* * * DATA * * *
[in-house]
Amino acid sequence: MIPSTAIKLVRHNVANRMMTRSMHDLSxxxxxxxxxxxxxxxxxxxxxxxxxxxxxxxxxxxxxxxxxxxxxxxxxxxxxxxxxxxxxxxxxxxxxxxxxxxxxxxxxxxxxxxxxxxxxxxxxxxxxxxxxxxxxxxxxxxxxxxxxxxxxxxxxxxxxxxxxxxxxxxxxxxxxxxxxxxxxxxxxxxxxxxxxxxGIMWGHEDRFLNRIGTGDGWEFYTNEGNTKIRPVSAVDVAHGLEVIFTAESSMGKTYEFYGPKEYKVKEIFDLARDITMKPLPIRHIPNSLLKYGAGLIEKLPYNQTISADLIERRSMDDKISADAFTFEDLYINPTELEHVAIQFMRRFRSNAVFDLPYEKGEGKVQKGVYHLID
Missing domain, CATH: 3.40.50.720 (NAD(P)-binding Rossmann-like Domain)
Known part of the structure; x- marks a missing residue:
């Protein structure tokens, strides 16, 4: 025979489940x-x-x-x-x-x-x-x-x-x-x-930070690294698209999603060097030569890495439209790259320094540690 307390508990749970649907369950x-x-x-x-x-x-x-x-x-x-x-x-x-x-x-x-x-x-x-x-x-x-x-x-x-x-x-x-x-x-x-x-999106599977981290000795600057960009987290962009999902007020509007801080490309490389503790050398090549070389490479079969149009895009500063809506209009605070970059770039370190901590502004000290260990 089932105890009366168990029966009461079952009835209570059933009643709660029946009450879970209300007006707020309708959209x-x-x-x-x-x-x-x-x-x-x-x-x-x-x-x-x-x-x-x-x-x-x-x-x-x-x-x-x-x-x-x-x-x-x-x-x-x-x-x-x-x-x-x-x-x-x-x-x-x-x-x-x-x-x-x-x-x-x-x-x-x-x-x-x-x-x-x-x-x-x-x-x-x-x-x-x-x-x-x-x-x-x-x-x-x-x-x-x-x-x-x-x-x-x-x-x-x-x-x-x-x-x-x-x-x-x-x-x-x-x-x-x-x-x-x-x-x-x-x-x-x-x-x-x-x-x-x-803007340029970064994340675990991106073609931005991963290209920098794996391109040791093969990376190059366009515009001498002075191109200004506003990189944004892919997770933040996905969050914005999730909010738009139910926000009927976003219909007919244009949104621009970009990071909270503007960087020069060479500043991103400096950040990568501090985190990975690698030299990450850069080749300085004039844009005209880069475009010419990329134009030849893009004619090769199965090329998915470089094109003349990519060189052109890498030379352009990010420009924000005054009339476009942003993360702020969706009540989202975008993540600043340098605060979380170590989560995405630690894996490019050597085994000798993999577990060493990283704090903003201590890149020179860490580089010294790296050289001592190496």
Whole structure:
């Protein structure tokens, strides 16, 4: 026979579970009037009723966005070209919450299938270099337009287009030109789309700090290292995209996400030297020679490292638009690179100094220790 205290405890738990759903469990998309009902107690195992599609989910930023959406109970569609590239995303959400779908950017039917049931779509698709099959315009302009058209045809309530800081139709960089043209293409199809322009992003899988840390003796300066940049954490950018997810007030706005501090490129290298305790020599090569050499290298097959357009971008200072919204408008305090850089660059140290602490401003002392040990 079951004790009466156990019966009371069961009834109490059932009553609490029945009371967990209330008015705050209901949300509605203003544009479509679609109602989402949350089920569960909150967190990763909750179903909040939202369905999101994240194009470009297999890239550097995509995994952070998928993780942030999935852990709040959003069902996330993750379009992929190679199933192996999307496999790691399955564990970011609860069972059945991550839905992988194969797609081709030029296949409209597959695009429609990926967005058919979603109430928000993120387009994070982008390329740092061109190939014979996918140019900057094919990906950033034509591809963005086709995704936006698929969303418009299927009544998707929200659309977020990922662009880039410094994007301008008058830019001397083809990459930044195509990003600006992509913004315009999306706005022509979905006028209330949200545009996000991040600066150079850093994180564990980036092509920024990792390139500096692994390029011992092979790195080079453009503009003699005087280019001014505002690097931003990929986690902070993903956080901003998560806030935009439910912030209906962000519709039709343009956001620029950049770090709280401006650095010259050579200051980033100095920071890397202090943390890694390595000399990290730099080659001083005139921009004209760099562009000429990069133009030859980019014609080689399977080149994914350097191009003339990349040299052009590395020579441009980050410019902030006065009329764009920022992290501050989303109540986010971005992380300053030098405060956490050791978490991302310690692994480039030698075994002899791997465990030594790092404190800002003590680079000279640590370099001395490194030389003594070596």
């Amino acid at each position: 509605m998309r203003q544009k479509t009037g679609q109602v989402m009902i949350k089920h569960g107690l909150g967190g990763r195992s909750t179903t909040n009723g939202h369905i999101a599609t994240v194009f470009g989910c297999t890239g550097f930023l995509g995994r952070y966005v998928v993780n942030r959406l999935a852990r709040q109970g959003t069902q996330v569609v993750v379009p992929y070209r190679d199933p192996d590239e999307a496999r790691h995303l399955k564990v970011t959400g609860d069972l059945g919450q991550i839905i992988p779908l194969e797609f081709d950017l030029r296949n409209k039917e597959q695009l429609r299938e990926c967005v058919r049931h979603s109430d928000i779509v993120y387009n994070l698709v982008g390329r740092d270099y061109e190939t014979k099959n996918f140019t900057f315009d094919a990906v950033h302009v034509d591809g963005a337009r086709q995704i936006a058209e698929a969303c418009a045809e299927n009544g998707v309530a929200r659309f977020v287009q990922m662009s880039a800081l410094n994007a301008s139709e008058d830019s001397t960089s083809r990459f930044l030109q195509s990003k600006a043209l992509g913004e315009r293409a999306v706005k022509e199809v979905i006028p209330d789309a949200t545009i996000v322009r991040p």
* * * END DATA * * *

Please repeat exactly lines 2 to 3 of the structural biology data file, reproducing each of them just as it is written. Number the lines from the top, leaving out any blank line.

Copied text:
Amino acid sequence: MIPSTAIKLVRHNVANRMMTRSMHDLSxxxxxxxxxxxxxxxxxxxxxxxxxxxxxxxxxxxxxxxxxxxxxxxxxxxxxxxxxxxxxxxxxxxxxxxxxxxxxxxxxxxxxxxxxxxxxxxxxxxxxxxxxxxxxxxxxxxxxxxxxxxxxxxxxxxxxxxxxxxxxxxxxxxxxxxxxxxxxxxxxxxxxxxxxxxGIMWGHEDRFLNRIGTGDGWEFYTNEGNTKIRPVSAVDVAHGLEVIFTAESSMGKTYEFYGPKEYKVKEIFDLARDITMKPLPIRHIPNSLLKYGAGLIEKLPYNQTISADLIERRSMDDKISADAFTFEDLYINPTELEHVAIQFMRRFRSNAVFDLPYEKGEGKVQKGVYHLID
Missing domain, CATH: 3.40.50.720 (NAD(P)-binding Rossmann-like Domain)